Finding an alternative destination for my food scraps won’t technically help the food waste problem, but it can help keep food out of landfills. And dealing with my food scraps keeps this issue more present in my mind than just dumping stuff in the trash. When I see how much of our produce or leftovers go to waste, I see patterns in what doesn’t get used – like that little bit of extra pasta or the baby onions from the CSA box that I wasn’t sure how to use. All that waste is FOOD, in a world of people who are starving. It’s also money – my money that I consciously devote to getting better food for my family. And it’s all of the water and soil and energy and farm workers and truck drivers and resources both human and mechanical that WE ARE WASTING. Seeing it on a daily basis makes me want to find a solution.

Because food waste is such a hot topic, there are several websites devoted to how you can limit your food waste (like this one and this one). The things that are key for us are making weekly menus and buying only what we need for the week. One issue we’re having right now is that we typically do our meal planning and shopping over the weekend but our CSA box comes mid-week. Some of our CSA produce doesn’t make it to the weekend or we end up doubling up on certain items that we purchased before the box arrived. Rather than letting all that food go to waste, we need to start building some flexibility into our menus – like incorporating a stir fry, curry, or veggie sauté into our menu later in the week. That way, at least some of the produce that arrives in our CSA box can be used right away. Another option is to make salads for lunch, which generally means more nutritious food for less money than going out to eat. Raw, steamed, or roasted veggies (all pretty quick options) make for great salad toppings. There are probably other options, too. Being aware of the problem – how and why food goes to waste in my household – is the first step toward a solution. Next time you clean out the fridge or scrape your plate into the trash, think about how you might solve the food waste problem in your home.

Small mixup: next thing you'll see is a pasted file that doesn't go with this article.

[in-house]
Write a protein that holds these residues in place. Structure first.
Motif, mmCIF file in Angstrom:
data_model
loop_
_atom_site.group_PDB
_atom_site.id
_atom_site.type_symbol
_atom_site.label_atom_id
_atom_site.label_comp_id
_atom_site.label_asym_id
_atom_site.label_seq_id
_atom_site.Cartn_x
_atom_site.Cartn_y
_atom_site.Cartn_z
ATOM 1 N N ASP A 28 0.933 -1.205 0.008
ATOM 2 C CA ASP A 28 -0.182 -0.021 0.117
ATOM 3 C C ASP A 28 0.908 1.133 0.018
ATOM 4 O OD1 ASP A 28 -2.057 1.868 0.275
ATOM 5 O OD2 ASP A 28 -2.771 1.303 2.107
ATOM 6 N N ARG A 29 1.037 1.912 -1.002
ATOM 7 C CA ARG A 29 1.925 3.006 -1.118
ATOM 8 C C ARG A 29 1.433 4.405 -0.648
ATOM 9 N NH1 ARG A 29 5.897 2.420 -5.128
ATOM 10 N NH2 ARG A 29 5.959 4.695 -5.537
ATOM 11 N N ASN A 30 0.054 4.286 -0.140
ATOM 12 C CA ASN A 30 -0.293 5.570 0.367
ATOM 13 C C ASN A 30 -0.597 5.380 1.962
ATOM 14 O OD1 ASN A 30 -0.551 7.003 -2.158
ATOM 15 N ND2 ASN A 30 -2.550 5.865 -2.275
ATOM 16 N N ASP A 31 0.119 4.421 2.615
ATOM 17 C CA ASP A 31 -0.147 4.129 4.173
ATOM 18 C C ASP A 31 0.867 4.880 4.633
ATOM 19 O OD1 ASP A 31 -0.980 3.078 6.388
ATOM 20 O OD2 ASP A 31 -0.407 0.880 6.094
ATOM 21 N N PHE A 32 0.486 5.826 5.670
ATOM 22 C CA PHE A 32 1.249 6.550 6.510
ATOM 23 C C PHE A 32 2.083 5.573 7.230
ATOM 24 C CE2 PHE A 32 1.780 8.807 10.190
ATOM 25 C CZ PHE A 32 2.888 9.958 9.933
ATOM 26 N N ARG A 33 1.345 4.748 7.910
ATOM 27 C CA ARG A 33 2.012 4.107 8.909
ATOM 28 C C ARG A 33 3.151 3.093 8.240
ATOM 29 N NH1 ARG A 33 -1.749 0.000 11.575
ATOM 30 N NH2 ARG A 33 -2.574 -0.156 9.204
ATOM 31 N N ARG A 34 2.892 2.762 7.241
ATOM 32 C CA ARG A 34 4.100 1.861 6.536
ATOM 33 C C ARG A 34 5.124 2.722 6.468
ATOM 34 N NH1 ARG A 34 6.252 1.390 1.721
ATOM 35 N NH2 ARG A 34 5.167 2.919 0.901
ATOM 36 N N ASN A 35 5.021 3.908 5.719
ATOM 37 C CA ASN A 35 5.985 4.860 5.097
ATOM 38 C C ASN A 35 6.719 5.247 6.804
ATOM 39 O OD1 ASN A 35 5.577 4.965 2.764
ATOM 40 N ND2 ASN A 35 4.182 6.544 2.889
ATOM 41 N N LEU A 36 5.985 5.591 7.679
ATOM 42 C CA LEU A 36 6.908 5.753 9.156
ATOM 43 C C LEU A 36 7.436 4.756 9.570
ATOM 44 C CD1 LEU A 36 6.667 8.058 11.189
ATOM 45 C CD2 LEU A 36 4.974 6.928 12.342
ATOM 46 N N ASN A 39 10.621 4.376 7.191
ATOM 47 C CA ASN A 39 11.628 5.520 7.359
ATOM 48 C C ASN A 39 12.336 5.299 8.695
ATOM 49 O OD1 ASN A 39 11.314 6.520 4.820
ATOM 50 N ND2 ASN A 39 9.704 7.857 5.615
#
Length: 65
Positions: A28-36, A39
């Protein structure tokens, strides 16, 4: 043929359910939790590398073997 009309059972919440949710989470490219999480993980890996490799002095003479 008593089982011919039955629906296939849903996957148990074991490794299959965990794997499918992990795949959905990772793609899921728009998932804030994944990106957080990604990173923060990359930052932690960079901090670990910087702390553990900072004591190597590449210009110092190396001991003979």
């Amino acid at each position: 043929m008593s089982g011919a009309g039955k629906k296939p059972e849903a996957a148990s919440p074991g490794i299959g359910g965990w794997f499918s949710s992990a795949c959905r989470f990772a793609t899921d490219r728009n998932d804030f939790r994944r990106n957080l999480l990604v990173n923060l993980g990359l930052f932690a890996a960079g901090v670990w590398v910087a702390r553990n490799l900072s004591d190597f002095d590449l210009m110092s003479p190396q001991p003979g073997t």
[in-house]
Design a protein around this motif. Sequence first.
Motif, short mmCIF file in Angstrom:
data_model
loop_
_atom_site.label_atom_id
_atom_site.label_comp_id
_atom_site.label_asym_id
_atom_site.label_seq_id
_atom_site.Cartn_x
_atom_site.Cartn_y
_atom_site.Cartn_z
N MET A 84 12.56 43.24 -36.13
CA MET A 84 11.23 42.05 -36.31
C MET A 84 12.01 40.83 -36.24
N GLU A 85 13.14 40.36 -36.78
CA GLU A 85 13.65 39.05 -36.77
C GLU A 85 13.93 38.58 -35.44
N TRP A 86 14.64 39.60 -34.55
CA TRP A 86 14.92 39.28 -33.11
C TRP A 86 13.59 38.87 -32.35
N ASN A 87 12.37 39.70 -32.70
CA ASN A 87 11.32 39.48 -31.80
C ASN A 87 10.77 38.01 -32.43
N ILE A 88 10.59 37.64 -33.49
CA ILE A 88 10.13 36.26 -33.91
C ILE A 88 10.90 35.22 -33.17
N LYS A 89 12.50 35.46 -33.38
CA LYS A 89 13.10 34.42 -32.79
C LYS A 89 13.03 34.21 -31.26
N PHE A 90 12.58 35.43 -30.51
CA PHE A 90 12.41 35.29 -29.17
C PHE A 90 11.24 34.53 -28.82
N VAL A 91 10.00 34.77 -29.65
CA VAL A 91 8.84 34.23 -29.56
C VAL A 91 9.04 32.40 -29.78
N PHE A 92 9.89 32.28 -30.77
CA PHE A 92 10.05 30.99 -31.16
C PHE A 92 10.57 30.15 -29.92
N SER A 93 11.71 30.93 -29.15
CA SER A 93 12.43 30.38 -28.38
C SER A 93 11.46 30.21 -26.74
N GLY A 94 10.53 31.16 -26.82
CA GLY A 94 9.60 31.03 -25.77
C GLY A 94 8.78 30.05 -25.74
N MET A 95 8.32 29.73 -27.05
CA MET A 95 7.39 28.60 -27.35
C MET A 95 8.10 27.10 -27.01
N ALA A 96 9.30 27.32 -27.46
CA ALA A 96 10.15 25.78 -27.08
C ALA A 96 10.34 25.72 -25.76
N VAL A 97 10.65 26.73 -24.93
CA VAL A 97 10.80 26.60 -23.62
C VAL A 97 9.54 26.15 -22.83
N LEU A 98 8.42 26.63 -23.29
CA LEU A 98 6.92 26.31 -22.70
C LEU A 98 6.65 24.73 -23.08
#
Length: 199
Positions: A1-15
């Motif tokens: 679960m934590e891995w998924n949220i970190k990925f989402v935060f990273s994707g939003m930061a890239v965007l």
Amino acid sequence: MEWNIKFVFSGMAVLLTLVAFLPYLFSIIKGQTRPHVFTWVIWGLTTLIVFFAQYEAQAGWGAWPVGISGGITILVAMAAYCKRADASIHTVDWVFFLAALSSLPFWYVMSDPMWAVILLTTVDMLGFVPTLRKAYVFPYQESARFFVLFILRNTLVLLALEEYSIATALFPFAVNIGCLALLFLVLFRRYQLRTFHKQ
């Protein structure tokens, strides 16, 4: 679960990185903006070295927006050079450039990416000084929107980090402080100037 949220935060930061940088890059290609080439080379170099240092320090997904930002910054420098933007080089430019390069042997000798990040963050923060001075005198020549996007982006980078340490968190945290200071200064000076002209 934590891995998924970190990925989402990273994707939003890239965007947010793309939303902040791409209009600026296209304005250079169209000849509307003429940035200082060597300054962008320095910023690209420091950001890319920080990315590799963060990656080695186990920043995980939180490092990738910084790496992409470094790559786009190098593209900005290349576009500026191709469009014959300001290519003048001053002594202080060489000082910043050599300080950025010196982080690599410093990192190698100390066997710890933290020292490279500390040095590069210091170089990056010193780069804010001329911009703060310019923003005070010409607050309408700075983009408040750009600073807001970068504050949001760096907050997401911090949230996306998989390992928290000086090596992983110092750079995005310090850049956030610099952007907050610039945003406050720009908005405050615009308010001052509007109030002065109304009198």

2 comments:

  1. Financial motivators are always a big one for people. It would benefit processors and growers to have less waste because they could make more profit (or more business by extending the financial wins to consumers). Wasting less food in the home is beneficial to us too because we'd spend less money. I think the hard part is thinking about how much money we actually throw out. We forget how much we spent on stuff, or don't really think about a cost associated with throwing away a few pieces of fruit or old veggies or whatever. Maybe challenging people to tally up what food goes uneaten and compute a dollar cost is a start?

    Long shipping pipelines have to be a large contributor to this problem. They have to predict way ahead of time how much food will be needed somewhere far away and can't really react to changing conditions. Or can they? If a shipload of bananas leaves Ecuador, is there dynamic routing once that ship docks in San Diego or LA or wherever?

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  2. I think "cost to consumer" numbers are featured in a lot of the sites on food waste. And there are some useful apps now that can help you track when your food is getting old and likely to go bad; I'm sure they could add a cost estimator, or maybe they already do. As for being dynamic, I think that's one of the areas people are working on because no, the market doesn't respond well to change. A lot of food is also wasted because it doesn't meet the high standard for production (like exact size and shape of produce), but it's still totally edible. Right now, there is no infrastructure for a secondary market or even donations of food that doesn't meet that standard. That is always going to be a wasteful system.